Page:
* Trump threat of additional tariffs on China hurts stocks
* China calls unusual media briefing at 1200 GMT
* Equity markets in the red but weakness limited
* Dollar flat ahead of U.S. jobs report; up on week
* Graphic: World FX rates in 2018 tmsnrt.rs/2egbfVh
By Tommy Wilkes
LONDON, April 6 (Reuters) - Stock markets edged downwards on Friday after U.S. President Donald Trump’s threat to impose an extra $100 billion in tariffs on China exacerbated fears of a more serious trade dispute, while the dollar paused ahead of crucial U.S. payrolls data.
European shares followed their Asian counterparts into the red but the falls were limited, and the broader ups and downs for markets this week suggest investors are not yet convinced the row will escalate into a full-blown trade war that threatens global economic growth.
The dollar, which has tended to fall as trade tensions rise, was largely flat on the day but is up half a percent this week, its second consecutive week of gains.
European and U.S. government bond yields fell and prices rose as investors sought the safety of government debt, but the moves were moderate.
In stock markets, Britain’s FTSE 100 dropped 0.22 percent while the German Dax was down 0.59 percent and France’s CAC 40 0.39 percent.
The MSCI World Index slipped 0.1 percent while the S&P 500 E-mini futures shed 0.86 percent, pointing to a lower start for Wall Street when it opens.
Trump said late on Thursday that he had instructed U.S. trade officials to consider $100 billion in additional tariffs on China. Beijing warned it would fight back “at any cost” with fresh measures to safeguard its interests.
China’s commerce ministry called a media briefing on Friday night (1200 GMT), an unusual move on a public holiday.
“Any escalation in the trade war rhetoric would be more negative for China than the U.S. given the former’s relative dependency on trade but, for now, the markets are focused on the payrolls data,” said Richard Falkenhall, a senior currency strategist at SEB in Stockholm.
Friday’s U.S. non-farm payrolls report, due at 1230 GMT, could determine the pace of future Federal Reserve interest rate rises and the dollar’s direction.
Fed chairman Jerome Powell is also speaking later on Friday and investors will be looking for any signs that rates could rise more than expected. Markets predict two further hikes this year after the Fed raised rates last month.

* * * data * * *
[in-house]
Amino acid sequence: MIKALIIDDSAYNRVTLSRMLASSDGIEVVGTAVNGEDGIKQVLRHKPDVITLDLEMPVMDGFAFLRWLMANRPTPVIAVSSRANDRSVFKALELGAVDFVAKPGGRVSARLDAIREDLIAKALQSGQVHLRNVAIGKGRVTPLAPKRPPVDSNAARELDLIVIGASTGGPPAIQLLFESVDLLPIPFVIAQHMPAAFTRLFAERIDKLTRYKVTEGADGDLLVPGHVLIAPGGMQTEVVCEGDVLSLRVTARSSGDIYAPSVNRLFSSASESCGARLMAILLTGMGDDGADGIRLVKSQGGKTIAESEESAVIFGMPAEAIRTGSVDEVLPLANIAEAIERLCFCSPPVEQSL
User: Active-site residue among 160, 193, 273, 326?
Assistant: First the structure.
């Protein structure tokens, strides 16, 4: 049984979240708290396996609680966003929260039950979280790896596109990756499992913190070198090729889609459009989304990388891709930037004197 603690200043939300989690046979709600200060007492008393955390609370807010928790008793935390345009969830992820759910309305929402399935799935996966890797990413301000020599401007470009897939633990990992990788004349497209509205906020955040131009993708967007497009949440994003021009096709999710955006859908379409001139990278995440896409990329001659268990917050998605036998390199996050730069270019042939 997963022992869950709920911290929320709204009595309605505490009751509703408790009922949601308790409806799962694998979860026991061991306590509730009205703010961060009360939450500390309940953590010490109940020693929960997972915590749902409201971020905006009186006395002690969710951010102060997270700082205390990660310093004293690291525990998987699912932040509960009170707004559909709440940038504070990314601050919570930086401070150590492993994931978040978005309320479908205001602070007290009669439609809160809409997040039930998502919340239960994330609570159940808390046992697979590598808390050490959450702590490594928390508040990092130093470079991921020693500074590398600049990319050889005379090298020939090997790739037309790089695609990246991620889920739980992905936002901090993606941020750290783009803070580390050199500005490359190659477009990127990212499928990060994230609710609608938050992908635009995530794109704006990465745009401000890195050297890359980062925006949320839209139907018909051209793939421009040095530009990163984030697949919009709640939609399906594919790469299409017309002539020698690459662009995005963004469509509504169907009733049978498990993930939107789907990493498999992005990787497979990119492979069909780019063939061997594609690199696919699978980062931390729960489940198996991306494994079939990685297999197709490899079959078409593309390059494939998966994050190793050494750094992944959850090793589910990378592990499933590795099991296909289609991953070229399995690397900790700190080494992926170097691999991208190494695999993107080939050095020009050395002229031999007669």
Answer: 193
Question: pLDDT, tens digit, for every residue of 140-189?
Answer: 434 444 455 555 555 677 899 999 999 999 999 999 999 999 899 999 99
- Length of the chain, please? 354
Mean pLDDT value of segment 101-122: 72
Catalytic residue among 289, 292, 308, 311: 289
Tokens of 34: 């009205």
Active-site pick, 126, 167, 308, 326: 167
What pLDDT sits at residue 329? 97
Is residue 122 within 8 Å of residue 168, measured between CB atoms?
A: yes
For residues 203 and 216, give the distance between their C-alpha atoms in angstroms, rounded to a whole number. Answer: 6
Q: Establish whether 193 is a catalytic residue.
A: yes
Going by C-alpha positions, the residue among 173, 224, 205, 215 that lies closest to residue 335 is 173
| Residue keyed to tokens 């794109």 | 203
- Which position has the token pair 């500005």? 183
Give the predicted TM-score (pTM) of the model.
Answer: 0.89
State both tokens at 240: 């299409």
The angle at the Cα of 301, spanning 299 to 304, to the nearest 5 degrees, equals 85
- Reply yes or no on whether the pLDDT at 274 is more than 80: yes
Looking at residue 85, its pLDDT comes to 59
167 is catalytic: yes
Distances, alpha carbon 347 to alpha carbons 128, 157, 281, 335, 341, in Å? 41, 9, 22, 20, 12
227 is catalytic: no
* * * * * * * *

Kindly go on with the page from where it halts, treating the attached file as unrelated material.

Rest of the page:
The U.S. March employment report is expected to show non-farm payroll growth of 193,000 jobs versus 313,000 the prior month, according to the latest Thomson Reuters poll of economists.
Average hourly earnings are expected to have risen 0.2 percent last month after edging up 0.1 percent in February. The gain would lift the annual increase in average hourly earnings to 2.7 percent from 2.6 percent in February.
The dollar was flat against a basket of major currencies with traders reluctant to take big positions ahead of the payrolls numbers.
Against the yen, which as a safe haven currency tends to be among the most sensitive to global economic uncertainty, the dollar fell marginally.
So far this week the dollar is up almost 1 percent versus the Japanese currency, and on Thursday it hit its highest since late February, despite the growing U.S.-China trade tensions.
Some Asian currencies showed signs of investor nervousness, however.
The Chinese yuan fell another 0.4 percent versus the dollar , bringing week-to-date losses to 0.8 percent. The Korean won, heavily exposed to global trade, also fell.
“The rising tide of economic nationalism is likely to be a motivating theme in markets for the foreseeable future. There is scope for behind-the-scenes pragmatism while sabres get rattled in public, and that is probably the most likely outcome. But the fact is when sabres get rattled, blood sometimes gets spilled,” said Joseph Amato, CIO of equities at Neuberger Berman.
Treasury debt prices gained and yields declined. Euro zone government bond yields also dipped as the trade dispute between the United States and China flared.
The 10-year Treasury note yield fell marginally to 2.8229 percent, pulling back from Thursday’s nine-day high of 2.838 percent. Treasury yields had fallen further in Asian trading before recovering in European trading.
The yield on 10-year German government debt, the euro zone benchmark, slid 1 basis point in early trade to a shade above 0.51 percent.
Crude oil prices fell after Trump’s latest tariff proposal. U.S. crude slipped 0.7 percent to $63.09 a barrel and Brent was down 0.6 percent at $67.92 a barrel.
Gold prices were steady.
For Reuters Live Markets blog on European and UK stock markets open a news window on Reuters Eikon by pressing F9 and type in ‘Live Markets’ in the search bar (Additional reporting by Saikat Chatterjee and Ritvik Carvalho in LONDON and Shinichi Saoshiro in TOKYO; Editing by Robin Pomeroy)